Ryan Mason

Ryan Mason is a medical school student at the Warren Alpert Medical School at Brown University, in Providence, R.I. During his college years, he worked various seasonal jobs helping out with environmental projects and activities, such as trail building.  As a Wilderness First Responder, he often found himself caring for injuries that one sees while working with various environmental tools. Later, he volunteered at South Pole Station, eventually leading the trauma team there, where he worked with a single physician to stabilize and transport sick and injured patients.  It was that challenge of providing care in austere environments that lead him to apply to medical school.  Following his graduation in 2014, Ryan would like to return to the South Pole Station as a physician and work on international health projects around the world.



Dr. Monica Iversen

Dr. Monica Iversen is a physician in Norway, where she practices general and emergency medicine, and has been very active in the field if wilderness medicine. Growing up in Norway, being out in the wilderness has always been a part of her life. She first heard about the Wilderness Medical Society while attending a conference on jungle medicine in Costa Rica in 2009.  As many of our members know, being able to travel all around the world and meet new people with the same interests is a huge perk of being a member of the Society.  When asked what she enjoyed most about being a member of the Society, she said, “Thinking outside the box, and being able to provide good medicine outside of the normal setting.”  She adds that the most rewarding aspect of the practice of wilderness medicine is to combine the “passion with the profession,” the slogan of WMS!



David Weber

David Weber is a paramedic with extensive experience in wilderness medicine.  Aside from the Wilderness Medical Society, where he is involved in the Diploma in Mountain Medicine program, he has worked with the National Park Service as a mountain ranger on Denali and for the National Outdoor Leadership School. “When I began working as a mountain guide and ski patroller, I learned early the vital importance of a comprehensive patient assessment and the delivery of high-quality care even in the absence of modern medical equipment.”  While it was employment that first exposed him to this field, the one thing he enjoys the most is the “simplicity” of practicing wilderness medicine.  “The problem-solving inherent in this specialty focuses my patient care on only the essential algorithms necessary for stabilization and evacuation to definitive care.”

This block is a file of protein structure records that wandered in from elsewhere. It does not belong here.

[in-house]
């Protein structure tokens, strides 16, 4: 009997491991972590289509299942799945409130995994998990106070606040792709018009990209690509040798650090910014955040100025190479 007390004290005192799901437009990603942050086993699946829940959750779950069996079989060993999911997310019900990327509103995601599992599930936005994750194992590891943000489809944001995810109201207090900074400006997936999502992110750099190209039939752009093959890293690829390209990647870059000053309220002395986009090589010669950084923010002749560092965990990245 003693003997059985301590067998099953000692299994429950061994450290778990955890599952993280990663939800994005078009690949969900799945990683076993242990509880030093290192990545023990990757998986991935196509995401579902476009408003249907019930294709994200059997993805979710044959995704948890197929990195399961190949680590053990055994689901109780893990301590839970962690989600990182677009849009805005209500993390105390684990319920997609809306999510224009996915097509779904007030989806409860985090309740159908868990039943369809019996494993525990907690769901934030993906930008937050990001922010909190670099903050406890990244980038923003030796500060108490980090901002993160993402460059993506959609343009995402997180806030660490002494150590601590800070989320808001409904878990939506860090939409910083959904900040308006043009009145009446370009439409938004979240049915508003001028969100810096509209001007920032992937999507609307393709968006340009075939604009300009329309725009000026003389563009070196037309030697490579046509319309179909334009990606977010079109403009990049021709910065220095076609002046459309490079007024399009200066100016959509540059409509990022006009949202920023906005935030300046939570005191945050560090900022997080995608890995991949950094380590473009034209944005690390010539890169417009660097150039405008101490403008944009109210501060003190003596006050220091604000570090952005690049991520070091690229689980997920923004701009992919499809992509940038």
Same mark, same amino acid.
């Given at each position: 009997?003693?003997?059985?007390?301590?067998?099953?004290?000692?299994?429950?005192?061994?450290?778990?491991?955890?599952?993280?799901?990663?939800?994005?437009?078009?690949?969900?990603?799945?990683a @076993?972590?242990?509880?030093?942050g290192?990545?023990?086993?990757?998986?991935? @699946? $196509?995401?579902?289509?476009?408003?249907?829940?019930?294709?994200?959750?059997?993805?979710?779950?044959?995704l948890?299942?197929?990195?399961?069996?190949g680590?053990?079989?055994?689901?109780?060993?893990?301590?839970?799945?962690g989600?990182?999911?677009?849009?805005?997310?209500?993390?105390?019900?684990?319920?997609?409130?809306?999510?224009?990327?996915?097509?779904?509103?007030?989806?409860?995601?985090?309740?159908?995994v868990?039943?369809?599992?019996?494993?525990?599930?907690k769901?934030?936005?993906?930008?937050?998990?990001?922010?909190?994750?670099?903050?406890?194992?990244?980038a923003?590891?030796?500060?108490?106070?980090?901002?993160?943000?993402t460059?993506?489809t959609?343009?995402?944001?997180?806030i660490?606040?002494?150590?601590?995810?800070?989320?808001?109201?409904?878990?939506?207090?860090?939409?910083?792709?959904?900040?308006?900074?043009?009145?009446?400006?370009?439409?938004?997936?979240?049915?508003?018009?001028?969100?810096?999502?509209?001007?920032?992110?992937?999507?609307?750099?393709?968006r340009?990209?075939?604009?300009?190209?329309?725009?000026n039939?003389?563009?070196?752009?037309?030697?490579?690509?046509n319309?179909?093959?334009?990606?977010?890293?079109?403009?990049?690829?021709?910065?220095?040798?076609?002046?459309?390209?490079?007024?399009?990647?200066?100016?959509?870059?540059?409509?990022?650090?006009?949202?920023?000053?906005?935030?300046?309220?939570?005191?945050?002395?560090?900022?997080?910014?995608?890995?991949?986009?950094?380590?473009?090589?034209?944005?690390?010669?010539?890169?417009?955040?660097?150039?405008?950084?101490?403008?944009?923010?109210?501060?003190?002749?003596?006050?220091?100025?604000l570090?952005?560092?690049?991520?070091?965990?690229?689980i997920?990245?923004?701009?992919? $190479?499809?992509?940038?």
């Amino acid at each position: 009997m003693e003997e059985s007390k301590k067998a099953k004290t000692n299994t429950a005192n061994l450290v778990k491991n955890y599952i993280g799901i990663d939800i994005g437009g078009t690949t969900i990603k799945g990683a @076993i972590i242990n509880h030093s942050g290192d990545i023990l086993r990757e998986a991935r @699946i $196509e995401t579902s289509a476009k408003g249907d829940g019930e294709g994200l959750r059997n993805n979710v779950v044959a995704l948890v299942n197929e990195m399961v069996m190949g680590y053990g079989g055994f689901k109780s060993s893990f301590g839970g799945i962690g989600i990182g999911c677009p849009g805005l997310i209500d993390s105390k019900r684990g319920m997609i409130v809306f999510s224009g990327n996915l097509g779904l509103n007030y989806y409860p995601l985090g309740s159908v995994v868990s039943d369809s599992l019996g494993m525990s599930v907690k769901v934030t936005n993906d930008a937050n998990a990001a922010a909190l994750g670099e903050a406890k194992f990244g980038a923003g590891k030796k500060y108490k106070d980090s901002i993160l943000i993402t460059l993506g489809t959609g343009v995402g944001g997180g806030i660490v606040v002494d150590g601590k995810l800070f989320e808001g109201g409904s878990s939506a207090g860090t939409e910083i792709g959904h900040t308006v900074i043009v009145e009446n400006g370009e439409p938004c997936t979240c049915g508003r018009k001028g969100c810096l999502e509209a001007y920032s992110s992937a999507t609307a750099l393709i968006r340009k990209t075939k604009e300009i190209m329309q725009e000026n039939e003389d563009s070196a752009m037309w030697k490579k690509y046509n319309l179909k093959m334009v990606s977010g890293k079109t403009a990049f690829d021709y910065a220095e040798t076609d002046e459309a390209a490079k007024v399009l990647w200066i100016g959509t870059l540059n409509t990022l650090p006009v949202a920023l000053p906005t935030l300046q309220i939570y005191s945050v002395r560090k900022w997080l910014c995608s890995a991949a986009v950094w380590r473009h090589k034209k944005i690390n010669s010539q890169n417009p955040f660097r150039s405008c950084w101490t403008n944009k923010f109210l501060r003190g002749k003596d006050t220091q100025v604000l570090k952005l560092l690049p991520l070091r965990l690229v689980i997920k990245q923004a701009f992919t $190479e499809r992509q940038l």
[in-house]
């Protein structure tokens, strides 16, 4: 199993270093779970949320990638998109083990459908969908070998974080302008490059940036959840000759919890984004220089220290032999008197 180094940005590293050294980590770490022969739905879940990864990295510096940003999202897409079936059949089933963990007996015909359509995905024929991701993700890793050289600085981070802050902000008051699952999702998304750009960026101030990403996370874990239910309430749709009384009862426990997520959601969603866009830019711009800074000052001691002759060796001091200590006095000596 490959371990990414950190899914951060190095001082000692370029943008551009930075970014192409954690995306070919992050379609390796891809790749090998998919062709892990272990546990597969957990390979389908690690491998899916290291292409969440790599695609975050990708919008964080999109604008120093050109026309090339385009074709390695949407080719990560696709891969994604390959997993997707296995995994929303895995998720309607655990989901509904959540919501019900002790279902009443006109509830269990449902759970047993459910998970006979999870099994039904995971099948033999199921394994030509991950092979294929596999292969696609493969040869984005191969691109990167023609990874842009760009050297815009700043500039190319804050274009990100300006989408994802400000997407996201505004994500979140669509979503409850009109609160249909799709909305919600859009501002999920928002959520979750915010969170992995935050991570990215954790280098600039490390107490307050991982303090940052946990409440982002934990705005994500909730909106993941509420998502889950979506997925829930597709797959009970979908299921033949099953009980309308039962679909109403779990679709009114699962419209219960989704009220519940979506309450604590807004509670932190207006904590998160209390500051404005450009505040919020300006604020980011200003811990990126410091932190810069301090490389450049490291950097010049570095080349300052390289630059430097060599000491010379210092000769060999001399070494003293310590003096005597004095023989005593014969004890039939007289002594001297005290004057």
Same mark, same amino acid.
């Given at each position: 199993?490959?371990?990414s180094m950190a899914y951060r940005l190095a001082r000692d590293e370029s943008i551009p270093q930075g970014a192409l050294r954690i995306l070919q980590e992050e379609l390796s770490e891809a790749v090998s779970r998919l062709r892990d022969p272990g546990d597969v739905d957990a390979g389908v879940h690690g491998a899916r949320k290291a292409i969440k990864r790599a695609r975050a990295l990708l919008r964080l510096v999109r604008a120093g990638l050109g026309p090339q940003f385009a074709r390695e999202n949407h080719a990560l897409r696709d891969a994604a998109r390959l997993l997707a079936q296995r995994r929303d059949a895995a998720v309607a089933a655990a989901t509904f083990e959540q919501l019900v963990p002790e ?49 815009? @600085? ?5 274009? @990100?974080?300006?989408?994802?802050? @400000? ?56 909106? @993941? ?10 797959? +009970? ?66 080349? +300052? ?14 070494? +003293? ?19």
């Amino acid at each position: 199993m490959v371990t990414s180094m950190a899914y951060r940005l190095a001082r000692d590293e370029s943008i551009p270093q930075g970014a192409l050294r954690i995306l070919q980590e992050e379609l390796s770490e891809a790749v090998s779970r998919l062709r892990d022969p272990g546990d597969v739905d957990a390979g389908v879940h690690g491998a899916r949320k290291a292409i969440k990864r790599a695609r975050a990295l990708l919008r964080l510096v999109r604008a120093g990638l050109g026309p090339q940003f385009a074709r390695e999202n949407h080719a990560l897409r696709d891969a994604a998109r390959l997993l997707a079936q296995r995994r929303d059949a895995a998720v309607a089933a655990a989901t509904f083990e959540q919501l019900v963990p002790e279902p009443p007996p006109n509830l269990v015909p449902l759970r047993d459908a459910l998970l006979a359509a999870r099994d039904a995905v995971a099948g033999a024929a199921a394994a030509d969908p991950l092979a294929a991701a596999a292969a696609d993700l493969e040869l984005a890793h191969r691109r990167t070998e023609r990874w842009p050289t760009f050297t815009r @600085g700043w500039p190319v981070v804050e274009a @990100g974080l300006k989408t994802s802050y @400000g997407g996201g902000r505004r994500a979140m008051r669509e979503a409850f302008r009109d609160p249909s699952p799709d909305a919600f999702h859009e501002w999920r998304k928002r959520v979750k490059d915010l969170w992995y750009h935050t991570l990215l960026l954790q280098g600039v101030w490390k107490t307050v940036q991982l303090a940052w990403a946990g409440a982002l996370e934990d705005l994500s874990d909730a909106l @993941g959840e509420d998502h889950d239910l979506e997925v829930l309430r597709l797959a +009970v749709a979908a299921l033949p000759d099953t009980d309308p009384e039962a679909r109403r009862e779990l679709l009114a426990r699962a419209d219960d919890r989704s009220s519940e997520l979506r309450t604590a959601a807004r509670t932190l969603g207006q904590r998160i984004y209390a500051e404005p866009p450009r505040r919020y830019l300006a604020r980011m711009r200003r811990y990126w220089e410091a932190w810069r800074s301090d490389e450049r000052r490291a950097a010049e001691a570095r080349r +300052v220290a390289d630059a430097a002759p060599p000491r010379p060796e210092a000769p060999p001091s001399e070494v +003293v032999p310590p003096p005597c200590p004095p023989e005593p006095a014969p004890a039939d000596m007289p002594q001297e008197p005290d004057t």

Dr. Henrik Hedelin

Dr. Henrik Hedelin is an orthopedic surgeon from Gothenberg, Sweden.  He earned his FAWM in 2012, and has been an instructor at numerous courses for wilderness medicine providers around the world.  He also enjoys many outdoor activities, such as mountaineering and sea kayaking, and feels that “wilderness medicine is the perfect merge between my professional fields of biology, medicine and guiding.”  Unfortunately, as an orthopedic surgeon, his wilderness medicine skills are not used much in his day-to-day career in the hospital, but they do allow him to pursue wilderness medicine as a sidetrack.  “That sidetrack does, however, contain many rewarding opportunities to both work and volunteer for various projects in austere settings around the world.”



Dr. Ola Dunin-Bell

Dr. Ola Dunin-Bell is board certified physician and surgeon with over 20 years of clinical and teaching experience.  Her love of the outdoors, shared with her husband and children, drew her to get involved with the WMS around 20 years ago. Since then, she has spent time working with various organizations such as the Himalayan Rescue Association in Nepal.  Among the things she enjoys most about being a member of the Society is “the knowledge she has gained over the years through conferences, courses, and just talking to other members.” Dunin-Bell added on, “It’s given me the skills and confidence to deal with situations where there is little or no help or ready back up, let alone up-to-date facilities and technology.  It’s a wonderful feeling to use good clinical skills, and not a lot else, to make a positive impact in someone’s life. For example, I still remember doing a breech delivery of a baby boy in a stone hut up in the Annapurna by the light of a butter lamp.”



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Sam Schimelpfenig, MD10/1/2020